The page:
You’ll face much more than simple exploration, as enemies and traps riddle every one of these random levels. You can count on tropes like spiders and bats to stand in your way, which can be easily dispatched by your whip, but there are more than enough obstacles that require more careful thinking. The combination of traps and enemies is often so deadly that one wrong move can kill your explorer and have you start all over from the beginning. Some of the stronger threats might be even immune to the weapons you hold, while others can be lured into falling into traps on their own. Thinking and patient play are usually the best way to play and learn how to deal with Spelunky, and the quicker you are to pick up on its quirks, the faster you will make your way through it. Even though the level layouts change with every game you begin, there are things that never change, like the fact that an exit is always in a deeper section of the level or the ways to increase the amount of lives you can have in every section if you look hard enough.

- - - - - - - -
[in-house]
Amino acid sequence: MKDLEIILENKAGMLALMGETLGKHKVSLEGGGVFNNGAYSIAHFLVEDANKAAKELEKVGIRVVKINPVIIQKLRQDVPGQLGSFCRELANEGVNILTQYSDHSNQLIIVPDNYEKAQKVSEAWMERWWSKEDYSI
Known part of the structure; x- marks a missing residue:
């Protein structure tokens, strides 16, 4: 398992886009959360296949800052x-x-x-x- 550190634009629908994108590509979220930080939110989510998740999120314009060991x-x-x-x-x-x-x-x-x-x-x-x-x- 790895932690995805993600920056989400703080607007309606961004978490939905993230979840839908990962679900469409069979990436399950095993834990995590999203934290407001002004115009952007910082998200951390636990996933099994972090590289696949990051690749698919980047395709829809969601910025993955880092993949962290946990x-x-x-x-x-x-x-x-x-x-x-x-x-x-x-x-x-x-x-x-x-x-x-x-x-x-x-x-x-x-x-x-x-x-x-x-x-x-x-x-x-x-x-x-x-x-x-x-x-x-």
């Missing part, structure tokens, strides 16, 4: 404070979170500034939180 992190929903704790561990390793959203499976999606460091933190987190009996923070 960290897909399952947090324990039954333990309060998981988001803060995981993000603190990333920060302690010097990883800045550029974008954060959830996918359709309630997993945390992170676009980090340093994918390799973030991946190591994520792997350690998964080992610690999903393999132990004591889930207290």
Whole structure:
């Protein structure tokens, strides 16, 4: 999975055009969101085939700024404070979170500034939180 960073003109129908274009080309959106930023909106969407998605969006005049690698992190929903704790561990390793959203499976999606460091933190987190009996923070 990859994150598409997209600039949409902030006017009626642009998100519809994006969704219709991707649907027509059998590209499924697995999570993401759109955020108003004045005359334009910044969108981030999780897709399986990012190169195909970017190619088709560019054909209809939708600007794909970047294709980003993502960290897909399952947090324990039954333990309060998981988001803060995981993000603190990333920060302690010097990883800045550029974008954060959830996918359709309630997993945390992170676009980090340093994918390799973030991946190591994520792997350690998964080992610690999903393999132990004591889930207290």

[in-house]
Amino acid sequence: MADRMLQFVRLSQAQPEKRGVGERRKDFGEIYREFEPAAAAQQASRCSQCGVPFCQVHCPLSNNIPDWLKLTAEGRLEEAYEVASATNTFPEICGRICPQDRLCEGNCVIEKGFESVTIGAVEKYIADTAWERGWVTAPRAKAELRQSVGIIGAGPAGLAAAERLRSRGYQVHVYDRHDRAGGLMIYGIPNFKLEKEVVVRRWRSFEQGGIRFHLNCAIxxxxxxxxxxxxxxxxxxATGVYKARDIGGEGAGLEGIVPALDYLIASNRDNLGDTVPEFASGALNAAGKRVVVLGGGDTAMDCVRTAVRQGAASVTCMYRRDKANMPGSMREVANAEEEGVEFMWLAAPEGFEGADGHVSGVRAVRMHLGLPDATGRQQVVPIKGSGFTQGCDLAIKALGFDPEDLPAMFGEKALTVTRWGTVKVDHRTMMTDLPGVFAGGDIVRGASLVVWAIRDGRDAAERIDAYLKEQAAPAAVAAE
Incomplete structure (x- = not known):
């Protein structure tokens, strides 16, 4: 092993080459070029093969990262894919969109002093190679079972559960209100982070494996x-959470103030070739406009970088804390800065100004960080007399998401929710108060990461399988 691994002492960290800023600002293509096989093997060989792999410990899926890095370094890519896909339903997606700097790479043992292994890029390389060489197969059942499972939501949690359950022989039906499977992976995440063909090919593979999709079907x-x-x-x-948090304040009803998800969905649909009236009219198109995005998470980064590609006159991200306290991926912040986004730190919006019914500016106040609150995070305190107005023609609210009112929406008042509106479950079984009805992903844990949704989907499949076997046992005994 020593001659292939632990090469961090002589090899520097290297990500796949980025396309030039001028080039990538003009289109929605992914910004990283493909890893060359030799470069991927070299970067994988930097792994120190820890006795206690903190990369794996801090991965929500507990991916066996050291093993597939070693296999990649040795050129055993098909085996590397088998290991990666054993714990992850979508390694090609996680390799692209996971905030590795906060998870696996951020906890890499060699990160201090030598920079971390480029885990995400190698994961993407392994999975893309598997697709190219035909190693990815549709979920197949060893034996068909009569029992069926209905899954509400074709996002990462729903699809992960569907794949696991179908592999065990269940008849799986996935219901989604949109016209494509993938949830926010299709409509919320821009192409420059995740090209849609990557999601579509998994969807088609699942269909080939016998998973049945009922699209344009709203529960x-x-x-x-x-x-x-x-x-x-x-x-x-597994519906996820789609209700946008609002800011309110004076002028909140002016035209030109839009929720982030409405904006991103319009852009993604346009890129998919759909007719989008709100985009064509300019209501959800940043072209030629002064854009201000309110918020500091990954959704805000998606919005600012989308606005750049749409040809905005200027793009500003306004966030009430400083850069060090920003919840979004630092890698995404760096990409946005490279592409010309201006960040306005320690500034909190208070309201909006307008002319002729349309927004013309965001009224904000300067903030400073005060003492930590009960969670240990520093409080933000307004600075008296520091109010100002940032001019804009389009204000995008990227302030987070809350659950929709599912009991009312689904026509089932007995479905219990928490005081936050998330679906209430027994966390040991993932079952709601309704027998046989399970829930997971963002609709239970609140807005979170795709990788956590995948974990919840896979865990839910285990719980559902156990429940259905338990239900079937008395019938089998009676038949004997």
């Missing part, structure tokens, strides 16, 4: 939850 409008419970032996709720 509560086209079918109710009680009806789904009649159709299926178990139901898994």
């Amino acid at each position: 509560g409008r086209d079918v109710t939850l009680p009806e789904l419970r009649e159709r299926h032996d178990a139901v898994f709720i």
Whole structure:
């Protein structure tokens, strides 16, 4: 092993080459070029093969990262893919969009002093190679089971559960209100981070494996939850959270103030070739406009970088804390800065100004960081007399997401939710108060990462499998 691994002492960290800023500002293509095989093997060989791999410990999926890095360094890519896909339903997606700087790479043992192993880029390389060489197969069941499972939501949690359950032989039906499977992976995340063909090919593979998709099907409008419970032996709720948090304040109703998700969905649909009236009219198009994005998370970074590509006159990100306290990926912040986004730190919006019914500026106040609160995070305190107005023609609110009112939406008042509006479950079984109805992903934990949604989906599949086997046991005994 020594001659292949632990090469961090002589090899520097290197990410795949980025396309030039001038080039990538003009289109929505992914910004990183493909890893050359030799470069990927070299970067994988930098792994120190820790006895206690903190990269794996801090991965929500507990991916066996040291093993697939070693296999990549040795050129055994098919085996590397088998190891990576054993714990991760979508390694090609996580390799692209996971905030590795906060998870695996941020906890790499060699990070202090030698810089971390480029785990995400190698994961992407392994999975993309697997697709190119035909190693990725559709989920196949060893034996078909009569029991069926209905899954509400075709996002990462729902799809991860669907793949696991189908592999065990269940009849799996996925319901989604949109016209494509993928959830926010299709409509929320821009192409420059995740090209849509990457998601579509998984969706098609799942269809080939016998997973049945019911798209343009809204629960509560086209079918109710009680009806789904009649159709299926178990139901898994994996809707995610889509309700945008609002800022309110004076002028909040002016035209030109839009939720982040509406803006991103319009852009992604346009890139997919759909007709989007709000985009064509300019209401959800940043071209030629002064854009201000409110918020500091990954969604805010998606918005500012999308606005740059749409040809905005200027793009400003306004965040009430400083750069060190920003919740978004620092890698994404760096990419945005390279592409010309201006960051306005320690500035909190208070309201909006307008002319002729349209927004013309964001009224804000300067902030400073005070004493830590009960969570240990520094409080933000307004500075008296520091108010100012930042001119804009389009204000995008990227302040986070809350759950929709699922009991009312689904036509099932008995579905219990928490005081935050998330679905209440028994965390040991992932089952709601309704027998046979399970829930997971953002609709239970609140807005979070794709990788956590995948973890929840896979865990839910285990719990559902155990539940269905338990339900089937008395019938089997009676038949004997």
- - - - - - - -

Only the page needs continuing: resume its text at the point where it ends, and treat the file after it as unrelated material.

Not every one you meet in your travels is out to utterly destroy your dreams in Spelunky, although they absolutely will if you give them a chance. Shopkeepers are randomly found and offer you a few items for a lot of money. Try to be wise and steal from them and pay the ultimate price or get rich… if you manage to beat them. The nature ofSpelunky is of balance. If you shift it, you are asked to live with the consequences. You won’t normally notice a threshold being crossed and will be too late to do anything about it, while in others, you might come out on top and feel like a champ. Usually, it’s the latter and that’s what will make Spelunky so appealing to some while indigestible to others. It’s a game that rewards you for dedication but won’t ever pull any punches, regardless of how well you are doing. In fact, its merciless nature is probably its only predictable feature, making it a good comparison to Dark Souls, a game that demands skill and precision at all times, drawing you in and spitting you out if you give it a chance to do so.